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Figures and Dobson to face off in closely watched race for Alabama’s new 2nd Congressional District

Both the Democratic and GOP nominations for Alabama's newly redrawn 2nd Congressional District were decided in runoff elections. Democrats hope to flip the seat in November.

Alabama voters decided primary runoffs on Tuesday for the state’s newly redrawn 2nd Congressional District, setting up a potentially historic November race that could play a part in the battle for control of the U.S. House of Representatives.

Shomari Figures, a former top aide to U.S. Attorney General Merrick Garland, defeated state House Minority Leader Anthony Daniels to win the Democratic nomination. Attorney and political newcomer Caroleene Dobson defeated former state Sen. Dick Brewbaker to win the Republican nomination. Dobson and Figures will face off in November in the closely watched general election.

Democrats are aiming to flip the seat after the district was redrawn by a federal court to boost the voting power of Black residents. If Figures is elected, it will be the first time in history that Alabama, which is about 27% Black, has two Black members in its congressional delegation.


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“I’m enormously grateful for the confidence and the trust and the faith that the voters of this newly drawn district have placed in me to represent the Democratic Party in November,” Figures said as he addressed supporters Tuesday night. “That is something that I do not take lightly.”

Figures, an attorney, also served as an aide to former President Barack Obama, serving as domestic director of the Presidential Personnel Office. He is the son of two prominent Alabama legislators: longtime state Sen. Vivian Davis Figures and the late Senate President Pro Tem Michael Figures. He moved home to Mobile from Washington D.C. to run for the congressional seat.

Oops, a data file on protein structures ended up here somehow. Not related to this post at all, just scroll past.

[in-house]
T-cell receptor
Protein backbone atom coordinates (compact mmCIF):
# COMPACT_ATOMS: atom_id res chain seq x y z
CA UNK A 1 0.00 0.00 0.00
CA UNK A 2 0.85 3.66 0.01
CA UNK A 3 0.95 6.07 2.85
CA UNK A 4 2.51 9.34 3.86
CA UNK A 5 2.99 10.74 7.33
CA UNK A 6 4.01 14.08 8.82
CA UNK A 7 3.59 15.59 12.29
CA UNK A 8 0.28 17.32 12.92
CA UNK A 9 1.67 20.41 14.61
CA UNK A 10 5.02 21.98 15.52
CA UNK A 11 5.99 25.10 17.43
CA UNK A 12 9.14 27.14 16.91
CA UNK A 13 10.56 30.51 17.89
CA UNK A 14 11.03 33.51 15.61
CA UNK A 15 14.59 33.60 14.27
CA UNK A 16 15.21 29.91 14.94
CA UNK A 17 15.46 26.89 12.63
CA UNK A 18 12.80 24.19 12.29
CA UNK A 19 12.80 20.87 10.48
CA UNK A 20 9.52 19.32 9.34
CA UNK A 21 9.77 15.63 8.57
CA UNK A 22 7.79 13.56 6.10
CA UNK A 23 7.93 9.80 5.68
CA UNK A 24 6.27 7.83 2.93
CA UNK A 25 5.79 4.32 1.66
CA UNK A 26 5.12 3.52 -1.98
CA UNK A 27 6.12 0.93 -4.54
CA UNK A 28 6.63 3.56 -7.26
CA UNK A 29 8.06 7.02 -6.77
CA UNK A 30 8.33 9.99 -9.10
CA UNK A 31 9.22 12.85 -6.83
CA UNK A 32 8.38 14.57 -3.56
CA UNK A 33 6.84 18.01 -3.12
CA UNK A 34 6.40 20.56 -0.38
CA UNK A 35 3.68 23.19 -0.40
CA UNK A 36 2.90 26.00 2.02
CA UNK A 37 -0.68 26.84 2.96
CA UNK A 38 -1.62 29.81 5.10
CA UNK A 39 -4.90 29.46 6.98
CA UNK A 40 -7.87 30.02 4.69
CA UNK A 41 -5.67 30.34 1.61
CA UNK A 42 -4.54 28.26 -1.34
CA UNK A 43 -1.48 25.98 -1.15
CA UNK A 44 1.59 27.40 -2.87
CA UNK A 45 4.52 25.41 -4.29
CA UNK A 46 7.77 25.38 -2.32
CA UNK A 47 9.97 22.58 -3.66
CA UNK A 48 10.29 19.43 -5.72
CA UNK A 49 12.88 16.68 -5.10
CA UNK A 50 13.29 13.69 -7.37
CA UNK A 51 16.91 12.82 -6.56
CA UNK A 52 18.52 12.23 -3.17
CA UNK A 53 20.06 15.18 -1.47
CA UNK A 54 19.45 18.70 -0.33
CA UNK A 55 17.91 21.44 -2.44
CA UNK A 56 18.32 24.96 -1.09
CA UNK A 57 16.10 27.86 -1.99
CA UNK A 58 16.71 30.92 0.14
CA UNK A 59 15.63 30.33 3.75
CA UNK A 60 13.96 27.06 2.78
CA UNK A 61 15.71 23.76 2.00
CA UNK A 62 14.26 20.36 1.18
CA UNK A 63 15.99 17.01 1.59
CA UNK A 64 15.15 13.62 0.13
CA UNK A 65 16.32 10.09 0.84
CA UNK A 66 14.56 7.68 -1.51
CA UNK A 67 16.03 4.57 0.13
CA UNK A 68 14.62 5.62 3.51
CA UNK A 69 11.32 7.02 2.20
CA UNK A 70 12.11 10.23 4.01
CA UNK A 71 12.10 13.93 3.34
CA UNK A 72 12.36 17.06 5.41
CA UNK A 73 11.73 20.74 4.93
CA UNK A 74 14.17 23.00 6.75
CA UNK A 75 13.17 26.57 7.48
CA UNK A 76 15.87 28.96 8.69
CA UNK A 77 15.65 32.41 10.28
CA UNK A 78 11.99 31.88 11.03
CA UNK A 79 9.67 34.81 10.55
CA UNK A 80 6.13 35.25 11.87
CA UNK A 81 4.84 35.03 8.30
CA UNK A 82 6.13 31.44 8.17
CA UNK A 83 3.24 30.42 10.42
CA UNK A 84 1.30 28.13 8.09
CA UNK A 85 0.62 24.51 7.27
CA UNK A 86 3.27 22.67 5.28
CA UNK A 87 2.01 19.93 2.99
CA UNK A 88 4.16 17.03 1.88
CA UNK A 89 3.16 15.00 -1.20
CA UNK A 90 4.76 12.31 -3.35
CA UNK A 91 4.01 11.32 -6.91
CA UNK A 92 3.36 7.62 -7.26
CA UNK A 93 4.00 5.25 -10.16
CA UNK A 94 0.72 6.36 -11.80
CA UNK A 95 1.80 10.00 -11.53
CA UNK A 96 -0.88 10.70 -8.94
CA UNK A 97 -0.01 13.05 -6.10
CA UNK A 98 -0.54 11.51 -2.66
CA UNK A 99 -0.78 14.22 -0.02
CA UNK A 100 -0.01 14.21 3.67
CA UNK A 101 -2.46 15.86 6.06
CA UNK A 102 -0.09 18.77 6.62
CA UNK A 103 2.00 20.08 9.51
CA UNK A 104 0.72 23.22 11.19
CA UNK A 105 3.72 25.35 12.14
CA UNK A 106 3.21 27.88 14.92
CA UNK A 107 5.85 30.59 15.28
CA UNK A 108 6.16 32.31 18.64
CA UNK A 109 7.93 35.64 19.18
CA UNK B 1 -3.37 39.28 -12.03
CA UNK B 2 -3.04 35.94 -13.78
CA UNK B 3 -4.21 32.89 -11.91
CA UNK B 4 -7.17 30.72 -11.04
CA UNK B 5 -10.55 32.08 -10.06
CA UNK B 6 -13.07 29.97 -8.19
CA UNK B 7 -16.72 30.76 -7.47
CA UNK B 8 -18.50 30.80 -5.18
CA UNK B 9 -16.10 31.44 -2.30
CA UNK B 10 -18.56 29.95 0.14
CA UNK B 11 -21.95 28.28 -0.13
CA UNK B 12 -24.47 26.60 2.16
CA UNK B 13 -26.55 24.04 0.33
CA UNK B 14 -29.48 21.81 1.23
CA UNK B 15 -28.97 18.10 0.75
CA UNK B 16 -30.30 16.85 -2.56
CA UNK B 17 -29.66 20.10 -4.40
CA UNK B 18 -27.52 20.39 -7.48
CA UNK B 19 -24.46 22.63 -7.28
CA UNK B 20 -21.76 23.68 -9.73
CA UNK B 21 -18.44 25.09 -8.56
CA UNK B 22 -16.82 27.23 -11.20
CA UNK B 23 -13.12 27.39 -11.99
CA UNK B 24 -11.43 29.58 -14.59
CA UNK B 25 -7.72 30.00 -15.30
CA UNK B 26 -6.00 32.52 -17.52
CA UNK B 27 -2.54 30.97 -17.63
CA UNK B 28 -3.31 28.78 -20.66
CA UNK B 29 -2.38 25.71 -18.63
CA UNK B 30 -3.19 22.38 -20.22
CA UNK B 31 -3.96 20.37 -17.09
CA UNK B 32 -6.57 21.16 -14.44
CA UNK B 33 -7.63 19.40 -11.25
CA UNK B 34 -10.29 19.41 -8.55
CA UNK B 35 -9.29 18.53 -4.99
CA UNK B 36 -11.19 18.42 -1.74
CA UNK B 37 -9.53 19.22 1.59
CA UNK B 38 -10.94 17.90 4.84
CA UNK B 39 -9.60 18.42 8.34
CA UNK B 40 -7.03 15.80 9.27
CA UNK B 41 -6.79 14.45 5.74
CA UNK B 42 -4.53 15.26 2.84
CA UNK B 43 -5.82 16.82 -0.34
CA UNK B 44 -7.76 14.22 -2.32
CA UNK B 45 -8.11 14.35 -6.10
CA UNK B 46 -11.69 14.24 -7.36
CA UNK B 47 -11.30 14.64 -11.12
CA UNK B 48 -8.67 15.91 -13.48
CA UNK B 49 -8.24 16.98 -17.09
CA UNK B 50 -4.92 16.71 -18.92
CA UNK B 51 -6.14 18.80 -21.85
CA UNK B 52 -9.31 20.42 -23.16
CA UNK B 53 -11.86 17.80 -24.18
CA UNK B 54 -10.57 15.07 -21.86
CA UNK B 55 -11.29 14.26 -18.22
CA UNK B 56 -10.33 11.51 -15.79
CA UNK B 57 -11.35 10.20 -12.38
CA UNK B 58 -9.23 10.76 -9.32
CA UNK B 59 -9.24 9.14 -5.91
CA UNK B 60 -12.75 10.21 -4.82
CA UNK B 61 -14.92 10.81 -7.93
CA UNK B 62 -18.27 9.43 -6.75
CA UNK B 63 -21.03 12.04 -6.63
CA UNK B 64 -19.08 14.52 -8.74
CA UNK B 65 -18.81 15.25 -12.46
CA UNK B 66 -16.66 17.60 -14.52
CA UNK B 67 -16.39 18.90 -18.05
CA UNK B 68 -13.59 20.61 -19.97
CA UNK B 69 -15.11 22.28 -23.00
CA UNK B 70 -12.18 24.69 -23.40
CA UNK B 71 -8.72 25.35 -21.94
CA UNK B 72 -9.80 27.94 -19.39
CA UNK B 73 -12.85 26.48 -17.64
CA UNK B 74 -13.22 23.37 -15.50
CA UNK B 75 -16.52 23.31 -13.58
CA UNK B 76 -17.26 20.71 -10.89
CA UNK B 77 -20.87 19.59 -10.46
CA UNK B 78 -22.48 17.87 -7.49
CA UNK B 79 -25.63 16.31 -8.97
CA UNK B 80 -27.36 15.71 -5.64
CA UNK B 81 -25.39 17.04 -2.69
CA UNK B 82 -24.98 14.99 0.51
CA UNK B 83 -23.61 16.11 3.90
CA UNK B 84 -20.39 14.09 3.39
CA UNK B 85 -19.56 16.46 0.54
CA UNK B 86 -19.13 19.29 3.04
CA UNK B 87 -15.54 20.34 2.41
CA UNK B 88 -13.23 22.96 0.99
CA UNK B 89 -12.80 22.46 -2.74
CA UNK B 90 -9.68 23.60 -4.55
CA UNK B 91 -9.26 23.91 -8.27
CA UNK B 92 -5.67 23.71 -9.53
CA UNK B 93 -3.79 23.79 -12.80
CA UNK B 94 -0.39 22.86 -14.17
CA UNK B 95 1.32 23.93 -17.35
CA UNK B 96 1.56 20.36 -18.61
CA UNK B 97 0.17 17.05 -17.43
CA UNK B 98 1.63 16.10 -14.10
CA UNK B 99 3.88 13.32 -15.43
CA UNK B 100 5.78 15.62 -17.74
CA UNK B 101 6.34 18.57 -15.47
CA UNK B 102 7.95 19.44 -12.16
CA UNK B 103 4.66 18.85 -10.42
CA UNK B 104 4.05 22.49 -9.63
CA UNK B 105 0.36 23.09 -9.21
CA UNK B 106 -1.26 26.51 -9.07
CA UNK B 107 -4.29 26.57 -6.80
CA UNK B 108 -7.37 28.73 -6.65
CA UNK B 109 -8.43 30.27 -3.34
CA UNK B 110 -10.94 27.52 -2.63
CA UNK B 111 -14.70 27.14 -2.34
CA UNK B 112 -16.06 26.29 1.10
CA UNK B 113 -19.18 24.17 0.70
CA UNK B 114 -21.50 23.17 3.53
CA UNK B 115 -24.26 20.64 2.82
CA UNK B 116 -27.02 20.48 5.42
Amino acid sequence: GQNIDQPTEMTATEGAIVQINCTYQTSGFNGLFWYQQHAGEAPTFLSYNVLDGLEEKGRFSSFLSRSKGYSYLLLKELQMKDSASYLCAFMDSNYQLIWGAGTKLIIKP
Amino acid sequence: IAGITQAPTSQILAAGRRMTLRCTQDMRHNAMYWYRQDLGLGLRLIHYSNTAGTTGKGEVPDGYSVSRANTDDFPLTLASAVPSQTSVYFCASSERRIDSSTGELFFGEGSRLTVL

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The non-partisan Cook Political Report rated the district as “likely Democrat,” meaning that it favors the Democratic candidate in November but isn’t considered a sure thing. Republicans believe they will be competitive in November and have a chance to keep the seat under GOP control.

Dobson, a real estate attorney and member of the Alabama Forestry Commission, harnessed support in rural areas to defeat Brewbaker, who had led in the March 5 primary. Dobson was raised in Monroe County and lived and practiced law in Texas before returning to Alabama and joining the Maynard Nexsen law firm in 2019.

“Thank you to each and every Republican voter in the Second District of Alabama. I am humbled by your outpouring of support and eagerness to join us in fighting for Alabama families,” Dobson said in a written statement. “Because you believed in me and in my vision for our district, we are one step closer to saving our country.”

The new district came after a lengthy court battle in which the U.S. Supreme Court ruled in favor of Black Alabamians who had challenged the state’s existing congressional districts.

Federal judges approved new district lines in October after ruling that Alabama’s previous map — which had only one majority-Black district out of seven — was racially gerrymandered to limit the influence of the state’s Black voters. The three-judge panel said Alabama should have a second district where Black voters make up a substantial portion of the voting age population and have a reasonable opportunity to elect a candidate of their choice.

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“Following tonight’s runoff election, Alabama voters now stand on the cusp of making history in November, when Black Alabamians could — for the first time — elect two members of Congress who truly reflect their political desires,” former U.S. Attorney General Eric Holder, chairman of the National Democratic Redistricting Committee, said.

The new district spans the width of the state and includes Montgomery, parts of Mobile and rural counties in the state’s Black Belt.

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